Second Unit Director or Assistant Director
Chris Carroll .... first assistant director
Ginger Gonzalez .... second second assistant director
Jason Messeri .... second assistant director
 
Art Department
Pete Dancy .... property master
John El Manahi .... leadman
John El Manahi .... scenic charge artist
Paul Collins Johnson .... art department production assistant
Andy Kugler .... on-set dresser
Tricia Peck .... set dresser
Maia Rose .... set dresser foreman
Nicole Teeny .... art production assistant
 
Sound Department
Eli Cohn .... foley supervisor
Rob Daly .... sound effects editor
Mark Garcia .... supervising sound editor
Mike Guarino .... sound mixer
Eric Offin .... sound re-recording mixer
Guillermo Pena-Tapia .... boom operator
Brian Vancho .... foley artist
Micky Sierra .... assistant sound editor (uncredited)
 
Stunts
Tim Buchanan .... stunt double
Chris Colombo .... stunt double
Roy Farfel .... stunt coordinator
Donald John Hewitt .... stunt driver
John Patrick McLaughlin .... stunts
Kimberly Shannon Murphy .... stunt double
 
Camera and Electrical Department
Abraham Altbuch .... best boy grip
John Anctil .... electrician
Freddy Cintron .... electrician
Freddy Cintron .... grip
David Dutkus .... electrician
Josh Fisher .... second assistant camera
Bart Grieb .... electrician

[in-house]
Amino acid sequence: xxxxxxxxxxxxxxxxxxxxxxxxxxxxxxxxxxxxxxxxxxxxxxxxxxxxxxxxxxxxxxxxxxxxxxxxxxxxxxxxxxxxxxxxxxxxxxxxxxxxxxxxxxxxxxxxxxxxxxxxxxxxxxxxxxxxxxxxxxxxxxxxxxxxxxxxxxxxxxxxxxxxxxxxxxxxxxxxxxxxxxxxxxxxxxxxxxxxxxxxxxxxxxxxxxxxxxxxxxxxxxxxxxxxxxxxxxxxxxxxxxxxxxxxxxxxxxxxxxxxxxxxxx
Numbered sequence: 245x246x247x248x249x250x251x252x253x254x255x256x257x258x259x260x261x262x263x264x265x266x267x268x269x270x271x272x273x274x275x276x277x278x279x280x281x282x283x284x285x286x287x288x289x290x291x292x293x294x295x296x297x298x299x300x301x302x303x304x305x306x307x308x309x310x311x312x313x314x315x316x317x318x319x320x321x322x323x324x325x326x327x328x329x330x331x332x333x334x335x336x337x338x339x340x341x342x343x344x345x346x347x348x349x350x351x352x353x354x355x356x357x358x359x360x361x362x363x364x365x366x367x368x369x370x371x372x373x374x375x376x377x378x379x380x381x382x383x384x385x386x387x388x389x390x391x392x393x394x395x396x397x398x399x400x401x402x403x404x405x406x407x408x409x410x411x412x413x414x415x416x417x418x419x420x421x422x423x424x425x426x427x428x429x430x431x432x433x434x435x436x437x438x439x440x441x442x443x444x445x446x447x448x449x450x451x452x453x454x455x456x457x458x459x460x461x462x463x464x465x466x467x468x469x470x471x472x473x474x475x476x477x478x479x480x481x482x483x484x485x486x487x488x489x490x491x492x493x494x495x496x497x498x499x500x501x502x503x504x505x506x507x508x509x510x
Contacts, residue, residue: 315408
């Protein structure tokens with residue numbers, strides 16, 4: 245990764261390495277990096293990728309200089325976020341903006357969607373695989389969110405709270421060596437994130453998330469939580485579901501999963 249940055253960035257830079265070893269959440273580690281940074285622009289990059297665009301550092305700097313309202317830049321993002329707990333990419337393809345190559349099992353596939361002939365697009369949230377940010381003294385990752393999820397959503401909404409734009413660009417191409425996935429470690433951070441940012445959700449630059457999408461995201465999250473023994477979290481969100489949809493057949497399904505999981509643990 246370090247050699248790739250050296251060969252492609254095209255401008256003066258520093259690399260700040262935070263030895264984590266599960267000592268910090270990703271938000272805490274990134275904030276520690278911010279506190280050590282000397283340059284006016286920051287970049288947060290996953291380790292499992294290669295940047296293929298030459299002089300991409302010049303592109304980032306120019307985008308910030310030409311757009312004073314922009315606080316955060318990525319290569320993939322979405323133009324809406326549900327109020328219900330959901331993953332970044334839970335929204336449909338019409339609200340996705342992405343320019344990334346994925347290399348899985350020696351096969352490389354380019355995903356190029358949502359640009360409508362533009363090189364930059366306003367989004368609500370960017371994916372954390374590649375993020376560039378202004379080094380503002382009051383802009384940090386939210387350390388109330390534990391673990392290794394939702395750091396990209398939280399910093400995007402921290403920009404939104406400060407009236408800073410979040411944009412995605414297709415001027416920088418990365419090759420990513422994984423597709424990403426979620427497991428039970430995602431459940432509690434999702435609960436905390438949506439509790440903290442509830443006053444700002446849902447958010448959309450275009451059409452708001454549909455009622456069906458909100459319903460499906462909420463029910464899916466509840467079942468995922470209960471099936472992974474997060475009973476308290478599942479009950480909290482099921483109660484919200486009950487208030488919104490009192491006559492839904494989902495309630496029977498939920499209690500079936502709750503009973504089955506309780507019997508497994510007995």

Michael Kenney .... first assistant camera
Jarrod Kloiber .... electrician
Jarrod Kloiber .... rigging best boy electric
Dan Kowalski .... grip
Bryan Landes .... additional electrician
Nick Maczka .... grip
Branden James Maxham .... swing (as Brandon James Maxham)
Sebastien Nicolet .... electrician
Megan Nole .... first assistant camera
Megan Nole .... second assistant camera
Roberto A. Quezada .... best boy electric
Dave Ranghelli .... key grip
Meg Schrock .... electrician
Marshall Stief .... first assistant camera: "b" camera
Richard P. Ulivella .... camera operator: "b" camera
Richard P. Ulivella .... director of photography: second unit
Richard P. Ulivella .... gaffer
Michael Yetter .... rigging gaffer
 
Casting Department
Tammy Porto .... casting associate
Leah Pracher .... extras casting
 
Costume and Wardrobe Department
Stephanie Farah .... wardrobe supervisor
Hannah Quinn .... wardrobe assistant
Naomi Wolff .... assistant costume designer
 
Editorial Department
Steve Beganyi .... on-line editor
 
Music Department
Haji A. .... music supervisor
Monique Cole .... music supervisor
Brady Harris .... composer: theme music
Don Poole .... music producer
 
Other crew
Stephanie Angel .... script supervisor
Christine Cherrone .... assistant: Mr Levy
Matt Cohen .... pre-production assistant
James Conaboy .... set production assistant
Tristan Cowen .... unit production assistant
Lisa Falzarano .... production assistant
Frank Fattori .... assistant: Danny Fisher
Eric Fisher .... production associate
Kathryn Floro .... assistant to producers
Anya Garrett .... production coordinator
Laurie Gershon .... product placement and clearances
Maxwell Lee Haddad .... production assistant
Sophie Holland .... production assistant
Kevin A. Howard .... production assistant (as Kevin Howard)
Nadine Jolson .... publicist
Kimberly Lisner .... production assistant
Morgan Miller .... assistant production coordinator
Joseph Montalbano .... production assistant
Greg Morrison .... assistant location manager
Adam Newman .... assistant production coordinator
Rory O'Sullivan .... production assistant
Justin Rosini .... location manager
Kat Scicluna .... stand-in (as Kat Murello)
Sara Seligman .... production assistant
Tom Sexton .... assistant location manager